German Court Rules Gambler Can Reclaim €12,000 From Entain-Owned Online Casino

  • The man sued for losses incurred in 2017
  • The losses were incurred during a time before strict online gambling regulations
  • An unnamed, Malta-based Entain Plc. site is the subject of the suit
  • Judges ruled the site did not properly inform the gambler of the legal perils
  • People within the industry see the case as one of many issues that need to soon be resolved
German flag with wooden gavel
A German court has ruled in favor of a gambler suing an online, Malta-based casino operator owned by Entain. [Image:]

Starting a wave

The High Court of Frankfurt in Germany has ruled that an online casino customer can recoup roughly €12,000 ($12,775) in losses incurred while playing.

claimed that the losses were incurred in 2017

As first reported by German magazine Spiegel, a man from the Hesse region cited problem-gambling laws in his suit. He claimed that the losses were incurred in 2017, four years before German officials launched the country’s legal online casino market through the Fourth Interstate Treaty on Gambling, or Der Glücksspielneuregulierungsstaatsvertrag (GlüNeuRStV).

This decision, delivered against an unnamed Malta-based operator that is part of gambling group Entain, could set the precedent for a slew of future lawsuits. 

Dealing with GlüNeuRStv and the legal system

The gambler won a first-stage appeal in the District Court of Giessen (Hesse) as judges cited distinctions between legal and illegal gambling in pre-GlüNeuRStv times. Spiegel first identified the defendant as international sports betting and gambling company Entain Plc., formerly GVC Holdings. Entain is listed on the London Stock Exchange and is a part of the FTSE 100 index.

Entain defended itself by saying that it operated within reasonable boundaries during Germany’s “transitionary period,” which lasted over a decade and left German gaming operators dry as the Lander decided on Interstate Treaty laws.

stated that it interacted with the prosecutor within Malta’s laws and the extent of its gambling license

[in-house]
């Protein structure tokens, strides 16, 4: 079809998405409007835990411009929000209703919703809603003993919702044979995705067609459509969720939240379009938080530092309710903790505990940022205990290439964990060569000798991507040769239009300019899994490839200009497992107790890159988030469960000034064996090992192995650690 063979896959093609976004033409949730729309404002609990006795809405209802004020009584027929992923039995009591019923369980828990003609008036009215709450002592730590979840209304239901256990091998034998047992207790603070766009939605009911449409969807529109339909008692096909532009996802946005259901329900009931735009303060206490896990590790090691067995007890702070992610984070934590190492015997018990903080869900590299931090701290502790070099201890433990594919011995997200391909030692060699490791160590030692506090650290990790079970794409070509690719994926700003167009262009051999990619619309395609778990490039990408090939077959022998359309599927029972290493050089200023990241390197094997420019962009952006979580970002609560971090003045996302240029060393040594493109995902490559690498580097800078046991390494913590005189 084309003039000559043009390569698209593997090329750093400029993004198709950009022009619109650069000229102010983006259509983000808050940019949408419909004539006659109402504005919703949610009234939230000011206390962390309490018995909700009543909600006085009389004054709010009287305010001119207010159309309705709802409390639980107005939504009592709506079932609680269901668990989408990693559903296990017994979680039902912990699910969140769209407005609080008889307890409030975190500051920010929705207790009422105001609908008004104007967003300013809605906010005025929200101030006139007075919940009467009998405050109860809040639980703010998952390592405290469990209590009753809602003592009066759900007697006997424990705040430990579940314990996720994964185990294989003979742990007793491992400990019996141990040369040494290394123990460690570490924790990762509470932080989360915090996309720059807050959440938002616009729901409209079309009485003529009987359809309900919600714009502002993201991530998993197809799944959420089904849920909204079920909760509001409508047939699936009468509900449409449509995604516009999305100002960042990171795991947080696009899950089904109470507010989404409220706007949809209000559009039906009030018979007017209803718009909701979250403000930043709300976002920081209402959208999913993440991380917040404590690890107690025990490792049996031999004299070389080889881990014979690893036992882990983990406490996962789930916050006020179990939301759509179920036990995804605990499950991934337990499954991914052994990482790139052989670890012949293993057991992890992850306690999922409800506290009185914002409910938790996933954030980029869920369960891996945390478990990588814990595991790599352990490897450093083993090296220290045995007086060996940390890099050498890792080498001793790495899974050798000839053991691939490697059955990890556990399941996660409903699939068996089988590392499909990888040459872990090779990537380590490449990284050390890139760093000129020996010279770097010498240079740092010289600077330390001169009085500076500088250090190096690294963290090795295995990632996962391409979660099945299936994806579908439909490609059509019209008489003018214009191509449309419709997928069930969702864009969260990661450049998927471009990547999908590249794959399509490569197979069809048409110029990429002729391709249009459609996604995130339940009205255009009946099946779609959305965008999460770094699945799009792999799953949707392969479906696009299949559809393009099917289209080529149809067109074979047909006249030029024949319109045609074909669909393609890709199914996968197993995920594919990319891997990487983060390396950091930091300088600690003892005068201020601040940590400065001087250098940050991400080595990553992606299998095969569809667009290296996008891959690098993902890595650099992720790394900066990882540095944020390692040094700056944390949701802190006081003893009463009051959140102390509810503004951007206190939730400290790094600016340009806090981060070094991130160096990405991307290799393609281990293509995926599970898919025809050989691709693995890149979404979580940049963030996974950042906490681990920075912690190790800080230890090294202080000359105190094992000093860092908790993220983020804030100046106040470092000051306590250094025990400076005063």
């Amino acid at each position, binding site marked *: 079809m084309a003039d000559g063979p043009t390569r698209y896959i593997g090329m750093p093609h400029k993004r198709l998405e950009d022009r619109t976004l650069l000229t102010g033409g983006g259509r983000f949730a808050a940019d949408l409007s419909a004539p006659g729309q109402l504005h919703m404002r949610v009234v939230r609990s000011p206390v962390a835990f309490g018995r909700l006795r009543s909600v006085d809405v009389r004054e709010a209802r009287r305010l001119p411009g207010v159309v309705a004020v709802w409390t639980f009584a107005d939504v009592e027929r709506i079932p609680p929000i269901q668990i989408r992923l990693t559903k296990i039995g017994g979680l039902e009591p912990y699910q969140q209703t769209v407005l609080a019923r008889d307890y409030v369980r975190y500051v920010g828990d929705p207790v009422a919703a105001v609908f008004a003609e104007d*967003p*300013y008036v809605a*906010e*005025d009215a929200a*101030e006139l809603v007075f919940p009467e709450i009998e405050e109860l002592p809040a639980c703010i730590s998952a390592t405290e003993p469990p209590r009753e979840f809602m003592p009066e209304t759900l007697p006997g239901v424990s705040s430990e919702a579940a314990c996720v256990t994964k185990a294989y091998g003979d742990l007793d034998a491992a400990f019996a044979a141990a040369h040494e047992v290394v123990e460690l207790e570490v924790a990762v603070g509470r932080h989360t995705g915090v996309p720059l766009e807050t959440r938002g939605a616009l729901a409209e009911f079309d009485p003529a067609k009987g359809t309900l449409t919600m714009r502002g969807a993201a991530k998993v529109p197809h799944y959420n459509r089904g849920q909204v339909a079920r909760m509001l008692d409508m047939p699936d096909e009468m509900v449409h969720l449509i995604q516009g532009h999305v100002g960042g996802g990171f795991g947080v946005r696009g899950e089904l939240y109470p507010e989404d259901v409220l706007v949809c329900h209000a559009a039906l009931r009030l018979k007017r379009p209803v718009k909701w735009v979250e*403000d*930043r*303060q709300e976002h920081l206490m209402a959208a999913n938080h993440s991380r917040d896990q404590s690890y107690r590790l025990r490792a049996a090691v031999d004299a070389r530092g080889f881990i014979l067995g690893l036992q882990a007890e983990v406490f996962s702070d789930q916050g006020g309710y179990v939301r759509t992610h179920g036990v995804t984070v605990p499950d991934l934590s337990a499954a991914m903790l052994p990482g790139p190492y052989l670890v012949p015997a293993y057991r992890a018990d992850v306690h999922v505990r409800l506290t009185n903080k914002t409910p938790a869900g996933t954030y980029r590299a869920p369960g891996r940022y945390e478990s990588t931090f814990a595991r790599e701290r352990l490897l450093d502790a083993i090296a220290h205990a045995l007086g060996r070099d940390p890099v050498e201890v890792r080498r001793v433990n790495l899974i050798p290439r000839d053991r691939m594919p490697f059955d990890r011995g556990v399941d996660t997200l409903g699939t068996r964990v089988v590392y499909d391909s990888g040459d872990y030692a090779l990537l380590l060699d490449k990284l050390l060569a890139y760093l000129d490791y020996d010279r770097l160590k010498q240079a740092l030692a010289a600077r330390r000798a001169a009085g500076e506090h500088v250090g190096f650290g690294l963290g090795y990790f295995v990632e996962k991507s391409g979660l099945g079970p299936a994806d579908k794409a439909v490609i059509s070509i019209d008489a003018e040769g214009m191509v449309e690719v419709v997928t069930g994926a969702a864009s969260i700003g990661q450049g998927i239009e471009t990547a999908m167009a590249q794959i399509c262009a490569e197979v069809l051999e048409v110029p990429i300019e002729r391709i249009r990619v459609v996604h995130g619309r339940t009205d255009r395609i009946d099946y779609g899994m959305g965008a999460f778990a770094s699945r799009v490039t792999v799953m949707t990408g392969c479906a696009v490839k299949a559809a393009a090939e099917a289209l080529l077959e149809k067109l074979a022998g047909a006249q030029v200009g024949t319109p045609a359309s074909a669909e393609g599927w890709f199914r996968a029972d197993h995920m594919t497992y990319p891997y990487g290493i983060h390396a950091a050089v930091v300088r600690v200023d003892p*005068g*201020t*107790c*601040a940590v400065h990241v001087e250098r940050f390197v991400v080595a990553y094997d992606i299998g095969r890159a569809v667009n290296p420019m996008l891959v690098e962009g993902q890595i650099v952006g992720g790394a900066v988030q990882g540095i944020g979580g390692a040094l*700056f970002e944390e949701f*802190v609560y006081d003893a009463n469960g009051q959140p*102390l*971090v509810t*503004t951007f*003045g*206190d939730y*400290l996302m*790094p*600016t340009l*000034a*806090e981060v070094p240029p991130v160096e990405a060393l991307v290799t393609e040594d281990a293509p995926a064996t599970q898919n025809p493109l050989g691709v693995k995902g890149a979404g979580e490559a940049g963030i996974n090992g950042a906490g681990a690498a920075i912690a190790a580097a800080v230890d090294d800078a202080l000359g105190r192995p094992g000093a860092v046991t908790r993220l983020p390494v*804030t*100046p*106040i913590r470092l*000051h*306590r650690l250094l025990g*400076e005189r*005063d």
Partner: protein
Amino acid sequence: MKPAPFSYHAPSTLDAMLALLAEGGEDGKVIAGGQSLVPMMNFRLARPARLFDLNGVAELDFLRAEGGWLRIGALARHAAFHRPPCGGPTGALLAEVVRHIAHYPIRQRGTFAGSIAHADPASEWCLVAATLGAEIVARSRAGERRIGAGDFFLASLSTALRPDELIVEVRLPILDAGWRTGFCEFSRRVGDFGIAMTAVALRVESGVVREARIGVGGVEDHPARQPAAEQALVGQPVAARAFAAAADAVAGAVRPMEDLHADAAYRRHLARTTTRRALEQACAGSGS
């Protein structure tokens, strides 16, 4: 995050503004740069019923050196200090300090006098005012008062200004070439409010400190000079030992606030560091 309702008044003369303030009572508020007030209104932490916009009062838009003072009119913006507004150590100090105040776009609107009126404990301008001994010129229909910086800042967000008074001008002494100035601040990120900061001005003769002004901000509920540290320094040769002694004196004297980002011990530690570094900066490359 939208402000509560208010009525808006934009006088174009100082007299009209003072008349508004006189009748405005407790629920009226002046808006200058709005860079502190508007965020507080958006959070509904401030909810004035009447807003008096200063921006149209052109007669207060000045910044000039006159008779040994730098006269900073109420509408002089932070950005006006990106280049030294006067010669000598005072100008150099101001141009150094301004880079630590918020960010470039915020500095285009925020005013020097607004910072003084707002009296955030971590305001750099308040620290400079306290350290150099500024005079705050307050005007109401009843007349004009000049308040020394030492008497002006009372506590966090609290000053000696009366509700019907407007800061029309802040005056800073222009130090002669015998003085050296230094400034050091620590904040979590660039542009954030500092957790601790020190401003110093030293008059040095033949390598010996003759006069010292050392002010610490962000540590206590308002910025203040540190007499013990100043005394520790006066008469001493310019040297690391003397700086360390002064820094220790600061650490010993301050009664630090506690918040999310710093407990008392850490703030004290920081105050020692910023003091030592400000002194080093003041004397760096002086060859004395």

The unnamed Entain property also stated that it interacted with the prosecutor within Malta’s laws and the extent of its gambling license, as applied by EU regulations. In addition, it claimed that it provided the gambler with a “tick box” of his legal standing.

This statement points to the lack of clarity between operators and German law at the time, for while unlicensed operators were still considered illegal, they were tolerated as long as they operated within certain restrictions.

Despite the confusion, judges ultimately found that the gambling site did not do enough “pointing out that the game was illegal in Germany.”

“The judges also happily argued that the company itself had ‘emphasized the special difficulty of the legal situation’, but at the same time accused the plaintiff of recklessly ignoring a legal situation that was allegedly easy to research,” Spiegel said in its report.

Handling the decision

The Frankfurt court’s decision was the first Lander-based ruling on the controversial matter. 

operators are still frustrated by the licensing framework

Despite the progress towards a clearer understanding of the topic, operators are still frustrated by the licensing framework. Current stipulations dictate operators receive a two-thirds majority vote by the Glücksspielkollegium, the market’s temporary licensing unit made-up of 16 Bundesländer members.

People in the industry hope the GlüNeuRStv regime’s online casino laws and licensing issues are resolved by 2023. Saxony-Anhalt, one of Germany’s 16 federal states (singular “Bundesländ”), is attempting to establish Glücksspielbehörde as the national gaming regulator. 

GlüNeuRStv-licensed operators are still waiting for Saxony-Anhalt to disseminate the area’s first online casino and poker licenses. 

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